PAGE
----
How is transformative knowledge ‘co-produced’?

By Andy Stirling, Adrian Ely and Fiona Marshall

Andy Stirling (biography)

It’s often said that knowledge to tackle big problems in the world – food, water, climate, energy, biodiversity, disease and war – has to be ‘co-produced’. Tackling these problems is not just about solving ‘grand challenges’ with big solutions, it’s also about grappling with the underlying causal social and political drivers. But what does co-production actually mean, and how can it help to create knowledge that leads to real transformation?

Here’s how we at the Social, Technological and Environmental Pathways to Sustainability (STEPS) Centre approach this challenge of co-production.

Adrian Ely (biography)

Two senses of co-production

The definitions of co-production can sometimes clash with each other.

For example, do we mean that to be useful in addressing any given problem, knowledge needs to be ‘co-produced’ in particular ways and settings by a diversity of different kinds of actor? This ‘positivist’ sense encourages us to look at how specific kinds of knowledge are produced in particular settings.

Fiona Marshall (biography)

Or is ‘co-production’ about the unavoidable fact that all knowledge (of whatever kind), is always inherently and unavoidably co-produced alongside the social orders in which it is shaped and driven? In this ‘constructivist’ sense, context, culture and power can help to shape the forms taken by all understandings – for better or worse.

These two senses of ‘co-production’ are not interchangeable. If it leads to a sense of complacency, then the ‘positivistic’ sense – that of inviting new people into a single specific process to contribute to one particular new kind of knowledge – can actually prevent us fully recognising the key message of the second (constructivist) kind of co-production. That message is that knowledge is imprinted by power. While this doesn’t have to be a bad thing, it tends to have worse outcomes if undiscussed or unrecognised.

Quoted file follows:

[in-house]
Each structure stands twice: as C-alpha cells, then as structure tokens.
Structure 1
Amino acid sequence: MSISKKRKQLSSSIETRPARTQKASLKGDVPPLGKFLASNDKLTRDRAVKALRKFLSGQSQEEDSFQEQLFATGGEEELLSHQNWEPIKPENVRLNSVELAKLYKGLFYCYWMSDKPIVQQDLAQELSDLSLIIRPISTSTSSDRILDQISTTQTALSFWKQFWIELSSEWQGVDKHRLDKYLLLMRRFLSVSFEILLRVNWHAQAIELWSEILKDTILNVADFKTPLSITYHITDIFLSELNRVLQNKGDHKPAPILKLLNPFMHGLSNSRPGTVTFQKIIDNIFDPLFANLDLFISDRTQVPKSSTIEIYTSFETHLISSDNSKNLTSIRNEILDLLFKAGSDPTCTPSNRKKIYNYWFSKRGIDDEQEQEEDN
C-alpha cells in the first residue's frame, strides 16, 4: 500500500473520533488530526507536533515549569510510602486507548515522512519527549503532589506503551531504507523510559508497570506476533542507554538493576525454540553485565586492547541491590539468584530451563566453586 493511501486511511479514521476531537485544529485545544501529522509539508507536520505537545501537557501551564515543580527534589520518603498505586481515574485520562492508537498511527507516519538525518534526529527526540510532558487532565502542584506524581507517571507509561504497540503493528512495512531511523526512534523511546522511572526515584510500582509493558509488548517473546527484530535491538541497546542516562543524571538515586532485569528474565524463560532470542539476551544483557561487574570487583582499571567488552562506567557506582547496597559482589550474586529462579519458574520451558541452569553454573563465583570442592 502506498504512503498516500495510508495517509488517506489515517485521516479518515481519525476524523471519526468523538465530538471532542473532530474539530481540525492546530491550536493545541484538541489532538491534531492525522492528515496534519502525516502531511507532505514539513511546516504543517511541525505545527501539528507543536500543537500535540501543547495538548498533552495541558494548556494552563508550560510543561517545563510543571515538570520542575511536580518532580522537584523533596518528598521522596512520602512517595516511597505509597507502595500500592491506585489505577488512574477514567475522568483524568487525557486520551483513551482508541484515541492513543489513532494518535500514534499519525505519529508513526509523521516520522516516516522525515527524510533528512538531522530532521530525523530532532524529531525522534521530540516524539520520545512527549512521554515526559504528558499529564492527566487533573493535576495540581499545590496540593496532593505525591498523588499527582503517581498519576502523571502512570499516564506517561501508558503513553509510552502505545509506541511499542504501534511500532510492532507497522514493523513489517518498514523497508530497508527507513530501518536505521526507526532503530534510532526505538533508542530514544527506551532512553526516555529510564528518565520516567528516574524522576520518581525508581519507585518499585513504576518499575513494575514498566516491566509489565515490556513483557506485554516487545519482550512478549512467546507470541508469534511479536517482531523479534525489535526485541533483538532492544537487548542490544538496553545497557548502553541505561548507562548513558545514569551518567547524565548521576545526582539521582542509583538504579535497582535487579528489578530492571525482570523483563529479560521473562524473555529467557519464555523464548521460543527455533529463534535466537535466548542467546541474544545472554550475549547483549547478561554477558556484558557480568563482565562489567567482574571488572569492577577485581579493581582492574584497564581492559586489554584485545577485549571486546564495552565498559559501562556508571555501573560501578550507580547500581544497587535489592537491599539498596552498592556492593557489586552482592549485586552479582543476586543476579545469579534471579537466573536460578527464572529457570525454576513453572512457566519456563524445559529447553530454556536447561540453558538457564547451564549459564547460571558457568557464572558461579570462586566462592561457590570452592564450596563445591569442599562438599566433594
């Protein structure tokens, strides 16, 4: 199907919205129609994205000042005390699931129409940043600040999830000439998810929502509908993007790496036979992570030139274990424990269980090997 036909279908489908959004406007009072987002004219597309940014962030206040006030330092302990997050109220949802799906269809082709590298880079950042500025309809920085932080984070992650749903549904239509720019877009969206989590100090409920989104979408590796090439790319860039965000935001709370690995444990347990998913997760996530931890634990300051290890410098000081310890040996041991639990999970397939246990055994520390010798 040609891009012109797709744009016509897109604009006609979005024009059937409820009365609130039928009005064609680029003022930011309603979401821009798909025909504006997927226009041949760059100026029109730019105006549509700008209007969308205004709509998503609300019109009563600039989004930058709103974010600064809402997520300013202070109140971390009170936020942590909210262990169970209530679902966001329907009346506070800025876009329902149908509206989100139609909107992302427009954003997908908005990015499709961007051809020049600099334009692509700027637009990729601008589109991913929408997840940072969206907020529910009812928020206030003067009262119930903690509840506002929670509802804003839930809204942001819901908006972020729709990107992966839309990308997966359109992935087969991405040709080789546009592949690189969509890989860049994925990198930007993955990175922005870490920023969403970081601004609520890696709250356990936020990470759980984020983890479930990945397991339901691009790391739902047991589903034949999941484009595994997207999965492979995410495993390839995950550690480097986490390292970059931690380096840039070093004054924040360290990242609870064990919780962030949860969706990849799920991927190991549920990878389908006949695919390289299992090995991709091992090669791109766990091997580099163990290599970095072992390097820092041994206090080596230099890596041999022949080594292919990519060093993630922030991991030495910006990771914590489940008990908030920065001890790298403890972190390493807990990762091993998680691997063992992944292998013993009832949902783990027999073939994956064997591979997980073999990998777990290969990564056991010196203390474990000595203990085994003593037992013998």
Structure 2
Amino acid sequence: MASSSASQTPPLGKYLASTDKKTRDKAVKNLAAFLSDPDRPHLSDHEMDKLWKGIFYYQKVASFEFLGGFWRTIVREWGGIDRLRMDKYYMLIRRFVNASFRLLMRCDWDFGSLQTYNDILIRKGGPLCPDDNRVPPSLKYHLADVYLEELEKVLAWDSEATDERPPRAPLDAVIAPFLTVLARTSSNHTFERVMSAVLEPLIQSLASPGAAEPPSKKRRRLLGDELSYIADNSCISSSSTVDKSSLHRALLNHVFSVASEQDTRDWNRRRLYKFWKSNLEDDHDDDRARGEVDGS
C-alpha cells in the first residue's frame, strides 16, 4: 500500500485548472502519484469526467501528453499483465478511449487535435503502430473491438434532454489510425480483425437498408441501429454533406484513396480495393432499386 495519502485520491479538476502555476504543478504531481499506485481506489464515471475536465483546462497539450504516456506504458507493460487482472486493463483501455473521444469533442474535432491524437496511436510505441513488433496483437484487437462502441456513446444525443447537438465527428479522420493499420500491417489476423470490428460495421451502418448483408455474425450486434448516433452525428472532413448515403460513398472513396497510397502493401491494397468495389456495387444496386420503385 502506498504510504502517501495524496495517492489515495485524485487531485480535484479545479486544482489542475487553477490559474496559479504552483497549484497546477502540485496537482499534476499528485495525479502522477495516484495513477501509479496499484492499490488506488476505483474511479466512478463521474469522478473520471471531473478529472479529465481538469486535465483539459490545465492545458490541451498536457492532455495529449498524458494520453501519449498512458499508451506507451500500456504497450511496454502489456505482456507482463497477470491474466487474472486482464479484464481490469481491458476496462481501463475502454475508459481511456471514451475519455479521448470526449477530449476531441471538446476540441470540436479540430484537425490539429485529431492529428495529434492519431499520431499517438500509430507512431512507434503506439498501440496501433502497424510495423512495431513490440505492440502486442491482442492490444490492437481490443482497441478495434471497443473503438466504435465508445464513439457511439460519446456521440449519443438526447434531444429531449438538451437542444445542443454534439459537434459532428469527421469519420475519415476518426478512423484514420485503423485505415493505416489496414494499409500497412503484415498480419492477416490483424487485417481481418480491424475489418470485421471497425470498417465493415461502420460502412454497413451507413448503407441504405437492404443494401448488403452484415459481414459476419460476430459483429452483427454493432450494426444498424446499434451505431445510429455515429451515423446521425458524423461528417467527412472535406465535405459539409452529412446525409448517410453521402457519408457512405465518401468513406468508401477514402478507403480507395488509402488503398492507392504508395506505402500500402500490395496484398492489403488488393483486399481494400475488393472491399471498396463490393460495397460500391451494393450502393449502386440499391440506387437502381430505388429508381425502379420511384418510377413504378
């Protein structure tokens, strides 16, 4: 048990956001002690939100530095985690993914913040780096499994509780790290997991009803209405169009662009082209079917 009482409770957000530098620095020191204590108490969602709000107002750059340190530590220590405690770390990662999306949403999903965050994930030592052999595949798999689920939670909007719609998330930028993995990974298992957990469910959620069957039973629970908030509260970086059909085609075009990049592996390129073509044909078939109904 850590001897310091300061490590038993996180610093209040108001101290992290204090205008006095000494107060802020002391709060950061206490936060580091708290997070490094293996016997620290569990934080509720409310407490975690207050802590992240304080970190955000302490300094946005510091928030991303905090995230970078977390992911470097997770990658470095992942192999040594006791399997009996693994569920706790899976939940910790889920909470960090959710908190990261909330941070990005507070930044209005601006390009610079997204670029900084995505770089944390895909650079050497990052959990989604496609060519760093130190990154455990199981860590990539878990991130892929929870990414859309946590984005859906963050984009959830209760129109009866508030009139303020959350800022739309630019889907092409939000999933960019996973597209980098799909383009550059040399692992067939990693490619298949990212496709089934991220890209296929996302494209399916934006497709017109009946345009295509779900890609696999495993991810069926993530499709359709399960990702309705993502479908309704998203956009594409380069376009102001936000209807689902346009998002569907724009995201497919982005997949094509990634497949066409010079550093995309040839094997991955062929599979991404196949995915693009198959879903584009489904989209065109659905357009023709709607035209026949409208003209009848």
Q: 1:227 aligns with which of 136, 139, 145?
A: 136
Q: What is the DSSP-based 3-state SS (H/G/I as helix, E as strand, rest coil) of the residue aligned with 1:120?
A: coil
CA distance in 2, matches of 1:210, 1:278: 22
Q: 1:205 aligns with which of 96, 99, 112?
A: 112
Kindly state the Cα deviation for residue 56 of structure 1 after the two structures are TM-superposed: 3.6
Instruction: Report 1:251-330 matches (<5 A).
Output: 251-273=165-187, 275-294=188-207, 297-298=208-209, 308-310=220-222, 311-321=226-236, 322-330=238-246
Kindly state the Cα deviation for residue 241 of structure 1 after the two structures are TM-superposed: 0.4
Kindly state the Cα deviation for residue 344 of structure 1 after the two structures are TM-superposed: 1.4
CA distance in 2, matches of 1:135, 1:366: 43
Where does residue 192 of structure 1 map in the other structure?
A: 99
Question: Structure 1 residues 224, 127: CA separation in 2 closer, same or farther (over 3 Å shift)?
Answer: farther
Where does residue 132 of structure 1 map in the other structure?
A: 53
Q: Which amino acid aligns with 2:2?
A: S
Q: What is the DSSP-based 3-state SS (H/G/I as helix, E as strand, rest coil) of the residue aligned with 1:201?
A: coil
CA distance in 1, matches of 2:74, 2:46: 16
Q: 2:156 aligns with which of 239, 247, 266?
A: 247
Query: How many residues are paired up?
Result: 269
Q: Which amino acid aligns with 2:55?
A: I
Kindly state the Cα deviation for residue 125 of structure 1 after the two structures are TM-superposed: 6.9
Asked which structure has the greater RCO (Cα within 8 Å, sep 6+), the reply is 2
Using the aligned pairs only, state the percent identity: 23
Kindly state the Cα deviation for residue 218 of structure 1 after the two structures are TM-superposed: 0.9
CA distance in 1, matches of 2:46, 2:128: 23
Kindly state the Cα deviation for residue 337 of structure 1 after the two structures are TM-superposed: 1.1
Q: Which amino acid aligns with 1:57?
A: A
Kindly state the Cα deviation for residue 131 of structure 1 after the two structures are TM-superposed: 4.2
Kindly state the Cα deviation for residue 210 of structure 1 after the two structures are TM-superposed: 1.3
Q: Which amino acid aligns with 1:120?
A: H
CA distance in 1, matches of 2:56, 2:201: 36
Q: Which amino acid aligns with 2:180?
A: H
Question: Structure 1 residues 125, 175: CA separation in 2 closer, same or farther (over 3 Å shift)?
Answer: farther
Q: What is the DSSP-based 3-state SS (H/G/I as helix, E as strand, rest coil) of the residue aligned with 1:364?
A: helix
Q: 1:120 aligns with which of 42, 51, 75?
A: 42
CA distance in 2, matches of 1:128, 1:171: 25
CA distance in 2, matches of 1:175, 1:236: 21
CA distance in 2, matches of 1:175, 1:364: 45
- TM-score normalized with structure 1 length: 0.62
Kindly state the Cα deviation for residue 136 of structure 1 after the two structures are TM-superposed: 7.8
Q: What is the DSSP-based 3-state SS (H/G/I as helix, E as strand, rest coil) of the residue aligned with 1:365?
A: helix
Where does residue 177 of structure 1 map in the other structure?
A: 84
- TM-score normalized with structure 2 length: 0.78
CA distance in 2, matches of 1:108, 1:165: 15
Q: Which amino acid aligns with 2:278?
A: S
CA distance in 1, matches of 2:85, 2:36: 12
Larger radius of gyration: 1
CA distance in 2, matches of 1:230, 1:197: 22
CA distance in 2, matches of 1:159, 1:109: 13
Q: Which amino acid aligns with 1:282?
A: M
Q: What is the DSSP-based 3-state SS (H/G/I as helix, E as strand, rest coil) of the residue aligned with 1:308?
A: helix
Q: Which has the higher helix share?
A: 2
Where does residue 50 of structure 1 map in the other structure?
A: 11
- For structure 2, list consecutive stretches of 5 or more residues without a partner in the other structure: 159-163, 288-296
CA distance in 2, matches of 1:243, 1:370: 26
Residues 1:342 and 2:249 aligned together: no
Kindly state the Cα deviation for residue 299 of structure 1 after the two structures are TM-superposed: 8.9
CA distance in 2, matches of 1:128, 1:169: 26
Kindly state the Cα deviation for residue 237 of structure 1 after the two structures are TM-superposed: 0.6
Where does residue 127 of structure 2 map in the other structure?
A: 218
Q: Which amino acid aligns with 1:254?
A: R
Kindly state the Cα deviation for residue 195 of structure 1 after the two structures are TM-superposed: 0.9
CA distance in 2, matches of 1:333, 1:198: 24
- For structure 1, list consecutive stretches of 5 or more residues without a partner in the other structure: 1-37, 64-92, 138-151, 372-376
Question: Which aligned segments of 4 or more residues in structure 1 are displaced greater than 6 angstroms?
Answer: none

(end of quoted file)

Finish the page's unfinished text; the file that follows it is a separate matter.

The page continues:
In this latter ‘constructivist’ view, attempts to engineer a single integration of knowledge will always depend on the situation and people involved. Other ways of integrating will always be possible, and lead to different possible conclusions.

This means there are some very concrete tensions between whether the benefits of co-production are seen to lie in striving towards single comprehensive bodies of knowledge, or a pluralist sensitivity and appreciation for a persistent diversity of understandings.

Practical implications

We offer three basic messages:
1) Relationships matter
First, knowledge is not ‘plug and play’. Relationships matter. This stems from understanding ‘co-production’ in its deeper (constructivist) sense – recognising how knowledge is always shaped by the social relations bearing on its production – which it then in turn helps to reshape.